The only chance you have is to use a board with exceptional dynamics and with lots of headroom up front. Hopefully those two things will help you level everything out and keep your overall output signal close to -24LKFS. The Artemis worked extremely well for us, especially in this application.
Can you give a few specific examples of how you tackled setting up the audio for an automated production control room?
It’s not always pretty. At the lower end of the range you’ve got to raise the input trim high enough to guarantee that the weakest cut-story package or the softest-voiced anchor still makes level. But with the anchor’s mics, doing this will likely kick up the noise floor that’s coming from the set, especially because the automation will open faders much earlier than a human mixer would. Sometimes you’ll even find a pair of faders up for no reason at all. So for the mics I like to add an expander to push down any extraneous noise that would come from a prematurely open fader.
On the upper end I use the two compressors per channel on the Artemis to provide both a soft and a hard backstop so that the occasional super-hot package or live remote won’t go through the roof. Using this approach we’re compressing the dynamic range into something that’s workable in an automated environment.
To pull it off you need an audio board with lots of headroom at the input stage and plenty of dynamic range management per fader. It’s still nowhere close to having an actual human running the board, but it’s as good as it can be and the end product is within an acceptable range.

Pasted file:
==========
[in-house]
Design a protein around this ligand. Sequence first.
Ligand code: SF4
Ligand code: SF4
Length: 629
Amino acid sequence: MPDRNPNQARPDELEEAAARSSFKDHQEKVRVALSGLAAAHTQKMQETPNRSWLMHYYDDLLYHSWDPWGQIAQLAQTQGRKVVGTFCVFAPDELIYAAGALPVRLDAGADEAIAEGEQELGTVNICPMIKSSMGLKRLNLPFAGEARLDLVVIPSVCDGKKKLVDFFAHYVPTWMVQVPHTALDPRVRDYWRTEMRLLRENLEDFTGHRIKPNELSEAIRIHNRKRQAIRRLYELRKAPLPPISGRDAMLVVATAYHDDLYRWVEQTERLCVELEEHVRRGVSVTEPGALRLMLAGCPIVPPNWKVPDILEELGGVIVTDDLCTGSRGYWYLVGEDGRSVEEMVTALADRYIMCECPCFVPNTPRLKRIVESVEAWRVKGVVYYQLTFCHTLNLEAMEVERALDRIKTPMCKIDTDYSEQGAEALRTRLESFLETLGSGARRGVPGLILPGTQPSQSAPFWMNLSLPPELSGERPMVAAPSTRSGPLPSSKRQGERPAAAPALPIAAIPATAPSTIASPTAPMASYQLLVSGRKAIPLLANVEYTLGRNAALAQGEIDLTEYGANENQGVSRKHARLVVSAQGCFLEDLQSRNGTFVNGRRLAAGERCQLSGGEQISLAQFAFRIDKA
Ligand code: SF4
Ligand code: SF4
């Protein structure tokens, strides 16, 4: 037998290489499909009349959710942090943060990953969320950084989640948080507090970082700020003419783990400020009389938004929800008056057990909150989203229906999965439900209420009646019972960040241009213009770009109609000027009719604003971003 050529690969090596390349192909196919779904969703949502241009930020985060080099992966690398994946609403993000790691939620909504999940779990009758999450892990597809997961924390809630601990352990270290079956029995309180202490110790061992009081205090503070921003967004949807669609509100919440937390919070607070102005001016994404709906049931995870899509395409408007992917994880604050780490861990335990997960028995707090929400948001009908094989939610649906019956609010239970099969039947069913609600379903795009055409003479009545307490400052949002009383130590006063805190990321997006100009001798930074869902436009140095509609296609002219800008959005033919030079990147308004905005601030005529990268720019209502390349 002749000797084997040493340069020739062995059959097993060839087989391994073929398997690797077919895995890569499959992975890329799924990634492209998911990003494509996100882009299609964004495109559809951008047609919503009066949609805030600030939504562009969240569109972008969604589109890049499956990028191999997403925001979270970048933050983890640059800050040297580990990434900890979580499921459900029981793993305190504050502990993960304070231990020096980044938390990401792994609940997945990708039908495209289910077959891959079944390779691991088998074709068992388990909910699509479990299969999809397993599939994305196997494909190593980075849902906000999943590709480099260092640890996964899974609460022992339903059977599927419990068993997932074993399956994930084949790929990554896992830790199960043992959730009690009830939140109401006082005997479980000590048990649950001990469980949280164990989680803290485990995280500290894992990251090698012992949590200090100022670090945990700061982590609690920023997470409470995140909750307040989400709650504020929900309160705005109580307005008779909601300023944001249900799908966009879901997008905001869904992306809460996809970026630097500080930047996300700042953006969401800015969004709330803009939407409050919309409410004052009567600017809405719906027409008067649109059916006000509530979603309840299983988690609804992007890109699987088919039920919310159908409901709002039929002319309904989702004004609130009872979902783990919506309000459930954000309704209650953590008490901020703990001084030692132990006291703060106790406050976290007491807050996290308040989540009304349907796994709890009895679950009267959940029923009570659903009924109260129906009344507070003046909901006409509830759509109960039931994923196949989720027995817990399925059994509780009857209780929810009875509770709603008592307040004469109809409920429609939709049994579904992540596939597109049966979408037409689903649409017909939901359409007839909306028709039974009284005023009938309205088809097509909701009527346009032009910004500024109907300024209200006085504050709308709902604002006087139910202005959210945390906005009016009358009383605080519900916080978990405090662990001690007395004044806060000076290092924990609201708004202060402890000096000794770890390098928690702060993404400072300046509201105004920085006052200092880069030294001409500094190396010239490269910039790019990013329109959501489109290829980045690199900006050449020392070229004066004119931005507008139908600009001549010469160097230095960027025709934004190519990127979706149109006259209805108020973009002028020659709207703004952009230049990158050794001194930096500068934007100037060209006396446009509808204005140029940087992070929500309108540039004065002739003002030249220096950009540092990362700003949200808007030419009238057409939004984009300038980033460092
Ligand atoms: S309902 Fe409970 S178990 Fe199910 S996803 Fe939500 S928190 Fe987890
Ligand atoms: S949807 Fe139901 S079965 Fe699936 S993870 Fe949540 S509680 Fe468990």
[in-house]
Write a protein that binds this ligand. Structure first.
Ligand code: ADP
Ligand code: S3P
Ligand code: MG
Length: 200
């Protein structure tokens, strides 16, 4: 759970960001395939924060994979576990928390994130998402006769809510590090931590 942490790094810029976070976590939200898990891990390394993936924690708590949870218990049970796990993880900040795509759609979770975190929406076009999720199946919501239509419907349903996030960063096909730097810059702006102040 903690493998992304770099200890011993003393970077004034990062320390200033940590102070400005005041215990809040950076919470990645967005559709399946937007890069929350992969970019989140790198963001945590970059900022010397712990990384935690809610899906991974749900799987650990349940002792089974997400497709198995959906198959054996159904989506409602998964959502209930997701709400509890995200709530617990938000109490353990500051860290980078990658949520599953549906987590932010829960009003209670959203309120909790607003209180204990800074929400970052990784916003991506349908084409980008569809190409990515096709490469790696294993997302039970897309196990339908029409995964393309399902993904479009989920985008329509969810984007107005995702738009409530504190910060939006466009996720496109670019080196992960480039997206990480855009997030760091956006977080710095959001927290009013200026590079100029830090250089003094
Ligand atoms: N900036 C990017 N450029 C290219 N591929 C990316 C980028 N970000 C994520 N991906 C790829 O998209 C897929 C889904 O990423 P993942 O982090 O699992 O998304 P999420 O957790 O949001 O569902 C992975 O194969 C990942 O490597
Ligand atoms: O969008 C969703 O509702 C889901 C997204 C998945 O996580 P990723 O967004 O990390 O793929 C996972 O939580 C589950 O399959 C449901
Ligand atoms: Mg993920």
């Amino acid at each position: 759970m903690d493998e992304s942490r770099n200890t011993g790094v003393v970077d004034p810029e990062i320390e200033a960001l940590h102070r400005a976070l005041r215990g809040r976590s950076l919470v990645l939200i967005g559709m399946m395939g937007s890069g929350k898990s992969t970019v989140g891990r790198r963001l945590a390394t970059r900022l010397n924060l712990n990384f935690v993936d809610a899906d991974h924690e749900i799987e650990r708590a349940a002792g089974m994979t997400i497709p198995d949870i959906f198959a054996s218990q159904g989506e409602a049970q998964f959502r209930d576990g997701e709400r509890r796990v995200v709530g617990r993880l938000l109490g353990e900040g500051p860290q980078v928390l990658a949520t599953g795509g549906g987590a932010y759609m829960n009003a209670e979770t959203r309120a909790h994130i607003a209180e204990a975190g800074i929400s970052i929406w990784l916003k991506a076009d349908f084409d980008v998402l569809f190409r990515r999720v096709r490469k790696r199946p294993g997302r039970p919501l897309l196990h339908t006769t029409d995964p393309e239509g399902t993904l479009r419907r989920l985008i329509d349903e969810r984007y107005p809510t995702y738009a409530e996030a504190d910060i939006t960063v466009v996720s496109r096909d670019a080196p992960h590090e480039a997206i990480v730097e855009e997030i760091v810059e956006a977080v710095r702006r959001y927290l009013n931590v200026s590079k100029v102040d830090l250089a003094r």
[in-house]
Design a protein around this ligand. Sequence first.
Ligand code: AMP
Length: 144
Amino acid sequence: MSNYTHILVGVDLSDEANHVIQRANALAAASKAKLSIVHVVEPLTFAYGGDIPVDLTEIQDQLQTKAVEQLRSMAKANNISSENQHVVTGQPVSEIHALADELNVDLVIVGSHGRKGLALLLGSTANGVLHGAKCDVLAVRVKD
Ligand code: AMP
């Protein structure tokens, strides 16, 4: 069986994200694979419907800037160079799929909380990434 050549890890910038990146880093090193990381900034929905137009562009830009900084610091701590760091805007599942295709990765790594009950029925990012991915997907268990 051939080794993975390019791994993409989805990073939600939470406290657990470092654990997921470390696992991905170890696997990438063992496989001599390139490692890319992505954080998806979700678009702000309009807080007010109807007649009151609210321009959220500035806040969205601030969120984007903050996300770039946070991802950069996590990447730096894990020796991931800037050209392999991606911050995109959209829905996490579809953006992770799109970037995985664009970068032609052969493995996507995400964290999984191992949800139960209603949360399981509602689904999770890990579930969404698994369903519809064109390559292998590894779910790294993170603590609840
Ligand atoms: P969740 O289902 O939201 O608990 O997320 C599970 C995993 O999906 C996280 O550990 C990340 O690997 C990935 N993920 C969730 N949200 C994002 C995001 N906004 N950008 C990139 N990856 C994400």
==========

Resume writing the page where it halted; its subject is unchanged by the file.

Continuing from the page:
What features on Calrec consoles do you use most?
Well, regarding delay, the fact that the Artemis desks offer numerous direct outs on each channel – both with and without delay – has made that part of the job much easier.
Another terrific function that I absolutely love is that blue ISO button on every fader. This allows me to have multiple profiles (memories) ready to go at a moments notice and load any one of them while the board is still hot on the air. For instance, I can be tracking a package when I see that there is going to be a last minute change on stage. If I already have an EQ and dynamics profile built for the anchor walking on set, I can simply ISO the fader that’s on-air and load a memory on the fly. It may seem like a simple thing but it‘s a game-changer in my world. I love it.
Broadcast audio is a very specific discipline, and like anything specialized it needs the right tools to get it as good as it can be. What are the most important qualities in a desk for live news?
Having a board that’s designed for the job I do is critical. What I especially like about our Calrec boards is that they’re made for broadcast, period… and that’s my job.
My focus is always on the integrity of the broadcast, and the ability to react fast to a breaking story is a big part of that. Once we’re on the air I don’t have time to scroll through menus to solve a problem. With the Artemis in particular, I’ve got everything I need laid out in front of me. Changing things like Aux & Track Routing, EQ & Dynamics, Wilds, Delay, etc. is done at the touch of a button. It’s tactile and immediately in sight, just the way I need it.
As mixers and audio engineers the shows we work on may appear to be different across the genres, from news to sports to light entertainment, but every one of us who work in broadcast audio have one thing in common: a need to easily access critical functionality, and to do it damn fast.